Teenager Self Esteem - The Good, and The Bad 

Teenager self esteem is a  complex issue. Many teens today do not feel good about themselves and as result have poor self esteem. But before delving into teenager self esteem, lets define healthy self esteem

It means that a teen values himself, they trust their feelings and abilities. They know that everything in life is not perfect but they feel equipped mentally to deal with the ups and downs of life. They expect that life will work out for them and they categorize themselves  as happy and expect positive outcomes as they work towards their goals. 

Teenager Self Esteem - BAD

What does poor self esteem look like - It means the teen does not value themselves or trust his/her abilities. They have trouble making decisions and often feel depressed and lonely. Many feel the world is out to get them and no matter what they do, they can not win. They may view themselves as losers. Often these teenagers turn to drugs and alcohol and often become depressed or act out. They have trouble expressing their feelings and they also often do poorly in school. 

As a parent it is important that you understand how a teenager's brain develops  so that you can more effectively communicate.

This section of our site is design to help you:

1.  Improve your communication with your teenager and  

2. Provide resources you can turn to for help with teenager self esteem. 

Parents more than anyone else can have the most impact on their child's self esteem These principles produce positive and healthy self esteem. Whenever possible try to reinforce these with your teenager and when you feel good about your child mention it to him or her. Be generous with praise. Use what is called descriptive praise to let your child know when they are doing something well:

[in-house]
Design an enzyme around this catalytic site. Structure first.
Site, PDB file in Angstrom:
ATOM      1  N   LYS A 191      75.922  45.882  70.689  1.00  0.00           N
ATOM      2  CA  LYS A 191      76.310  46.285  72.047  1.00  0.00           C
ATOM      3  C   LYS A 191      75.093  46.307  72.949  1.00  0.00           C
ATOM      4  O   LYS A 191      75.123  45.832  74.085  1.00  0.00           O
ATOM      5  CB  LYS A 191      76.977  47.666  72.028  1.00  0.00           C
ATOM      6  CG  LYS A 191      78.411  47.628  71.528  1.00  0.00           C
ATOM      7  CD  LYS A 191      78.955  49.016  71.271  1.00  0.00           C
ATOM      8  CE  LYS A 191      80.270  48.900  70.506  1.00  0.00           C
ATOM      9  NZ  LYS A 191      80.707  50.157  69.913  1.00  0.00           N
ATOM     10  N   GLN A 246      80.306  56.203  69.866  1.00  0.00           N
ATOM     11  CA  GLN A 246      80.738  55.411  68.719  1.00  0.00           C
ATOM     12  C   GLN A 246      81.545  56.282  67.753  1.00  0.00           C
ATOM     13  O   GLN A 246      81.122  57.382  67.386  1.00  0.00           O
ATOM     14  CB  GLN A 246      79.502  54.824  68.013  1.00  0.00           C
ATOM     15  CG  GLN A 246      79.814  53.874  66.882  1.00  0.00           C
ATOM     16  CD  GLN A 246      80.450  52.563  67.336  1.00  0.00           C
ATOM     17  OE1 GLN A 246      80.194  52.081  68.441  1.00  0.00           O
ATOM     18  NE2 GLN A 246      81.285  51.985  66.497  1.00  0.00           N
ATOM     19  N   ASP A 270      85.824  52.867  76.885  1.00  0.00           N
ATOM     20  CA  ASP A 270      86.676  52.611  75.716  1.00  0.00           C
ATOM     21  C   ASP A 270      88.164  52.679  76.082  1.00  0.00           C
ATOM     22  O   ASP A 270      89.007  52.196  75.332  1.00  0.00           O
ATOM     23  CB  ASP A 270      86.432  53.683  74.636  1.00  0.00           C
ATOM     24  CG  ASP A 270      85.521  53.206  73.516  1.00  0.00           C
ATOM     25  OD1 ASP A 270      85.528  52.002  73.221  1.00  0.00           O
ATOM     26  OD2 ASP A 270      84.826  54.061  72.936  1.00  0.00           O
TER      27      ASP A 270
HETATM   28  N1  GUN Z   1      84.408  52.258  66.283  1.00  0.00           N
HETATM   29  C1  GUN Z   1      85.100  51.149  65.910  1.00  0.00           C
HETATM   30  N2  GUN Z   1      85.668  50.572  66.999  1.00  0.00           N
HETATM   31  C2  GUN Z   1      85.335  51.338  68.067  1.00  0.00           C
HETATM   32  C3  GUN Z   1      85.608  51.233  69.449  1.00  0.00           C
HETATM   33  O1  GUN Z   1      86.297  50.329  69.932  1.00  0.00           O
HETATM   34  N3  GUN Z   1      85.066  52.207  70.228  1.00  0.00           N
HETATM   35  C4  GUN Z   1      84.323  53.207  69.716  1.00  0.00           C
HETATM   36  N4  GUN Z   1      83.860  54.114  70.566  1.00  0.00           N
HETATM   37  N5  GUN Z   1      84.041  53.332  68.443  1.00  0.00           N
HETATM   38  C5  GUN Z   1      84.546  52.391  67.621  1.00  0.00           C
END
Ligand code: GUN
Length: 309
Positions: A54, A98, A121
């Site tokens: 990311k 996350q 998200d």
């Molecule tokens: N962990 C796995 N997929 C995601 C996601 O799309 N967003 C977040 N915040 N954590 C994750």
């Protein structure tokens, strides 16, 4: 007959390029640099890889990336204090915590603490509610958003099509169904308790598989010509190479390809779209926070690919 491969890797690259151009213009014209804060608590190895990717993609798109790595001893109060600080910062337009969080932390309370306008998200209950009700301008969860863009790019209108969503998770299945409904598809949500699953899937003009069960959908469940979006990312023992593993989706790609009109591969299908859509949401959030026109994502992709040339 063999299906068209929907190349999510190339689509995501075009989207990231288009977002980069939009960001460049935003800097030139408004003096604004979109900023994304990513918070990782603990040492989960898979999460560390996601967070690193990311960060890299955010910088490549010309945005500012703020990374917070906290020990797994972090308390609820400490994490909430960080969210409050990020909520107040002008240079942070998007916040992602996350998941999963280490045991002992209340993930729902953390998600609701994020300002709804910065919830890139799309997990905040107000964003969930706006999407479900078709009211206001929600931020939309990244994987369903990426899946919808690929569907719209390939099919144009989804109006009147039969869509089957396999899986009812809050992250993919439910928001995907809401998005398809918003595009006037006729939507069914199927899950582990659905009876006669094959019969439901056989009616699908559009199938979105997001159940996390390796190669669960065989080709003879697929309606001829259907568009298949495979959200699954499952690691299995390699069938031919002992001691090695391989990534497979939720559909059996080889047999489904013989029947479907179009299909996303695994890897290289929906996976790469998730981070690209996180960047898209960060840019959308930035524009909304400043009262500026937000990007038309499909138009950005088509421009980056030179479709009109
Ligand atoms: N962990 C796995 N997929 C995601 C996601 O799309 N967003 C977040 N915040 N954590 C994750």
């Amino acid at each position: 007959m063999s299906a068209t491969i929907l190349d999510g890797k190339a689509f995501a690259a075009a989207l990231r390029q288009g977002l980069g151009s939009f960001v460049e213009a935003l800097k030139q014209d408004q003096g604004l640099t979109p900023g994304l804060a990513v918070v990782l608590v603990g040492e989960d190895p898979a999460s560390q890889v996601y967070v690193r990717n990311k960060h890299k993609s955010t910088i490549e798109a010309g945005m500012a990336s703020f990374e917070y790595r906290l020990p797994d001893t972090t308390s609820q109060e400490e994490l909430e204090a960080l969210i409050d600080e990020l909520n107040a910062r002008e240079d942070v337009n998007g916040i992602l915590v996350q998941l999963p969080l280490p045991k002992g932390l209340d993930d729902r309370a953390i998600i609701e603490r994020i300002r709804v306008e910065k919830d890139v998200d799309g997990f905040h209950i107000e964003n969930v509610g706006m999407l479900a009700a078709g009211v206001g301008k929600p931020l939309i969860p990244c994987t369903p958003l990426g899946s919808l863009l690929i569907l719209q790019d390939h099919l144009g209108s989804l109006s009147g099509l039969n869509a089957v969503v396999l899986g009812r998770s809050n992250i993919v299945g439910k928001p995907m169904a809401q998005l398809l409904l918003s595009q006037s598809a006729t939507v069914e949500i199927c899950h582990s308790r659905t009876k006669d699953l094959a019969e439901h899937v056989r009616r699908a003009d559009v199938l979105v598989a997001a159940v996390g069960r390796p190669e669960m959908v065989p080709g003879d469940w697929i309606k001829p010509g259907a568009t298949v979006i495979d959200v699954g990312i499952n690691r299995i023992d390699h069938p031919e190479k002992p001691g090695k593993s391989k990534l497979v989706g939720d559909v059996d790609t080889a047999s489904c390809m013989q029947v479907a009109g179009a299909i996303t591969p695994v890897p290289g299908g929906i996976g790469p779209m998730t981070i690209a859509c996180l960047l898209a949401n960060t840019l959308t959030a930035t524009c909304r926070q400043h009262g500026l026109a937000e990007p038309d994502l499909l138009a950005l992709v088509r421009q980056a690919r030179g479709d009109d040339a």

Teenager Self Esteem
Guiding Principles

  • When you make a mistake, it is best to own up to it and correct 
    rather than ignore it and pretend it didn't happen. Self-respect and power come from admitting your mistakes, learning from them and taking corrective action.
  • You are capable of creating anything when your life has purpose, focus and direction. You have the potential to be so much more than you might imagine; the most important thing is that your life has meaning for you. Try to find things that you love to do. 
  • Keep your commitments to yourself and others. By honoring your commitments you demonstrate integrity, credibility, and earn respect. 
  •  Positive self-talk empowers you, makes you stronger, and builds confidence. To eliminate negative self-talk: (1) recognize it; (2) interrupt it; and (3) replace it with a positive message. We offer many self esteem activities and ideas to help you or your teenager do this. It begins by understanding how the brains messaging works.  
  •  Take responsibility for your own results instead of blaming others for your problems. Taking responsibility for your thoughts, words, and actions will set you free from the pain of blame and guilt and allow you to respect yourself. 

There are a lot of resources on the web, here is another site that will guide parents on how to increase a teen's self esteem.